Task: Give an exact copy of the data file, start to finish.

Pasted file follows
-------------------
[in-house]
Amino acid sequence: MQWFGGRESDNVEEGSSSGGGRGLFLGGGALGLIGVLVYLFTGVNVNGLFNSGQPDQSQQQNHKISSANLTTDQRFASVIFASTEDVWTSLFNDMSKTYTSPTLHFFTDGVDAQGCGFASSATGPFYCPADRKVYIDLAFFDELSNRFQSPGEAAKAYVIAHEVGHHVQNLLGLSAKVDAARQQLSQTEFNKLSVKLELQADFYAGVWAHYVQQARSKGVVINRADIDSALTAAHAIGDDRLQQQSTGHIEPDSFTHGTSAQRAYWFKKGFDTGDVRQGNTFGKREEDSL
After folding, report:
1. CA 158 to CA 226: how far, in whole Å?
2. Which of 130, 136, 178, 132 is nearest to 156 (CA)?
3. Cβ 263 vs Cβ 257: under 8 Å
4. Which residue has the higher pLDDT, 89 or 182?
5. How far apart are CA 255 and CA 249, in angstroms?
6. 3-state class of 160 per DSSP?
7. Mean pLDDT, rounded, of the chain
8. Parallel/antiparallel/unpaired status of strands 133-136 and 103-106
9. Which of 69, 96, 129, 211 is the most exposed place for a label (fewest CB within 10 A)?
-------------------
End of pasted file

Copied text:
[in-house]
Amino acid sequence: MQWFGGRESDNVEEGSSSGGGRGLFLGGGALGLIGVLVYLFTGVNVNGLFNSGQPDQSQQQNHKISSANLTTDQRFASVIFASTEDVWTSLFNDMSKTYTSPTLHFFTDGVDAQGCGFASSATGPFYCPADRKVYIDLAFFDELSNRFQSPGEAAKAYVIAHEVGHHVQNLLGLSAKVDAARQQLSQTEFNKLSVKLELQADFYAGVWAHYVQQARSKGVVINRADIDSALTAAHAIGDDRLQQQSTGHIEPDSFTHGTSAQRAYWFKKGFDTGDVRQGNTFGKREEDSL
After folding, report:
1. CA 158 to CA 226: how far, in whole Å?
2. Which of 130, 136, 178, 132 is nearest to 156 (CA)?
3. Cβ 263 vs Cβ 257: under 8 Å
4. Which residue has the higher pLDDT, 89 or 182?
5. How far apart are CA 255 and CA 249, in angstroms?
6. 3-state class of 160 per DSSP?
7. Mean pLDDT, rounded, of the chain
8. Parallel/antiparallel/unpaired status of strands 133-136 and 103-106
9. Which of 69, 96, 129, 211 is the most exposed place for a label (fewest CB within 10 A)?